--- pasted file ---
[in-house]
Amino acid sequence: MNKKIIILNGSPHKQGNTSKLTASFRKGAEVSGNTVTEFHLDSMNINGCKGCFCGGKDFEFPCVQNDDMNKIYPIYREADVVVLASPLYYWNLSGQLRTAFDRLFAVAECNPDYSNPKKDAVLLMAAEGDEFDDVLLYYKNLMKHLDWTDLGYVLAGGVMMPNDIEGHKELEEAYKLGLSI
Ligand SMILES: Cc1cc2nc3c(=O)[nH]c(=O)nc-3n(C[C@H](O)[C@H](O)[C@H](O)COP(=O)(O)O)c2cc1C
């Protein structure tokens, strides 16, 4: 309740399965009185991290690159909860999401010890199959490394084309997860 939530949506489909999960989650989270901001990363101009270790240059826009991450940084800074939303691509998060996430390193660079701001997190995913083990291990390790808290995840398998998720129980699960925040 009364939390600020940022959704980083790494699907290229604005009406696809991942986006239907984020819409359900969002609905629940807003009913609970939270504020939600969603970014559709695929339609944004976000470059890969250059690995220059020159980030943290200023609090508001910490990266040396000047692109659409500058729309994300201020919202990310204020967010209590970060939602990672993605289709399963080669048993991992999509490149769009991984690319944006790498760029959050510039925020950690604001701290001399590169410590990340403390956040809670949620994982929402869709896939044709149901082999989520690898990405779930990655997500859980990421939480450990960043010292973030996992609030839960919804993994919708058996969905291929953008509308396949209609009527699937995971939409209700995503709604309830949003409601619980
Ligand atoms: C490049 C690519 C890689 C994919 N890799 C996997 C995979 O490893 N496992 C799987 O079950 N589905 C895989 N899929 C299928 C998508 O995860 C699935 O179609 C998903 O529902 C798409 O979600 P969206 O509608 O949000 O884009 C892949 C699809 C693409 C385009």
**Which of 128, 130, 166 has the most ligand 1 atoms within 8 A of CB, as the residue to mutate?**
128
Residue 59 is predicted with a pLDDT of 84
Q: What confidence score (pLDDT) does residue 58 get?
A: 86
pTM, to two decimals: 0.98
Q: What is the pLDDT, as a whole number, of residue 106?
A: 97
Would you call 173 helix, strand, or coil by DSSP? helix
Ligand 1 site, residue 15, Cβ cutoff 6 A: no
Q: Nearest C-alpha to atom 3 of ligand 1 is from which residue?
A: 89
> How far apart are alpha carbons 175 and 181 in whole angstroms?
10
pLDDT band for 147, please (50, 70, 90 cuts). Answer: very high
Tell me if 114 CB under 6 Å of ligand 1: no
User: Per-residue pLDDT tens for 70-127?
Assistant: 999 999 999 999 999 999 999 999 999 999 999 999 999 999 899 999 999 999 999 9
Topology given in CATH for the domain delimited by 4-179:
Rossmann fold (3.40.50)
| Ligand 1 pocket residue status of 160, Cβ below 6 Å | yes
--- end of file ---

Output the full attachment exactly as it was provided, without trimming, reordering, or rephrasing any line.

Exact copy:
[in-house]
Amino acid sequence: MNKKIIILNGSPHKQGNTSKLTASFRKGAEVSGNTVTEFHLDSMNINGCKGCFCGGKDFEFPCVQNDDMNKIYPIYREADVVVLASPLYYWNLSGQLRTAFDRLFAVAECNPDYSNPKKDAVLLMAAEGDEFDDVLLYYKNLMKHLDWTDLGYVLAGGVMMPNDIEGHKELEEAYKLGLSI
Ligand SMILES: Cc1cc2nc3c(=O)[nH]c(=O)nc-3n(C[C@H](O)[C@H](O)[C@H](O)COP(=O)(O)O)c2cc1C
């Protein structure tokens, strides 16, 4: 309740399965009185991290690159909860999401010890199959490394084309997860 939530949506489909999960989650989270901001990363101009270790240059826009991450940084800074939303691509998060996430390193660079701001997190995913083990291990390790808290995840398998998720129980699960925040 009364939390600020940022959704980083790494699907290229604005009406696809991942986006239907984020819409359900969002609905629940807003009913609970939270504020939600969603970014559709695929339609944004976000470059890969250059690995220059020159980030943290200023609090508001910490990266040396000047692109659409500058729309994300201020919202990310204020967010209590970060939602990672993605289709399963080669048993991992999509490149769009991984690319944006790498760029959050510039925020950690604001701290001399590169410590990340403390956040809670949620994982929402869709896939044709149901082999989520690898990405779930990655997500859980990421939480450990960043010292973030996992609030839960919804993994919708058996969905291929953008509308396949209609009527699937995971939409209700995503709604309830949003409601619980
Ligand atoms: C490049 C690519 C890689 C994919 N890799 C996997 C995979 O490893 N496992 C799987 O079950 N589905 C895989 N899929 C299928 C998508 O995860 C699935 O179609 C998903 O529902 C798409 O979600 P969206 O509608 O949000 O884009 C892949 C699809 C693409 C385009």
**Which of 128, 130, 166 has the most ligand 1 atoms within 8 A of CB, as the residue to mutate?**
128
Residue 59 is predicted with a pLDDT of 84
Q: What confidence score (pLDDT) does residue 58 get?
A: 86
pTM, to two decimals: 0.98
Q: What is the pLDDT, as a whole number, of residue 106?
A: 97
Would you call 173 helix, strand, or coil by DSSP? helix
Ligand 1 site, residue 15, Cβ cutoff 6 A: no
Q: Nearest C-alpha to atom 3 of ligand 1 is from which residue?
A: 89
> How far apart are alpha carbons 175 and 181 in whole angstroms?
10
pLDDT band for 147, please (50, 70, 90 cuts). Answer: very high
Tell me if 114 CB under 6 Å of ligand 1: no
User: Per-residue pLDDT tens for 70-127?
Assistant: 999 999 999 999 999 999 999 999 999 999 999 999 999 999 899 999 999 999 999 9
Topology given in CATH for the domain delimited by 4-179:
Rossmann fold (3.40.50)
| Ligand 1 pocket residue status of 160, Cβ below 6 Å | yes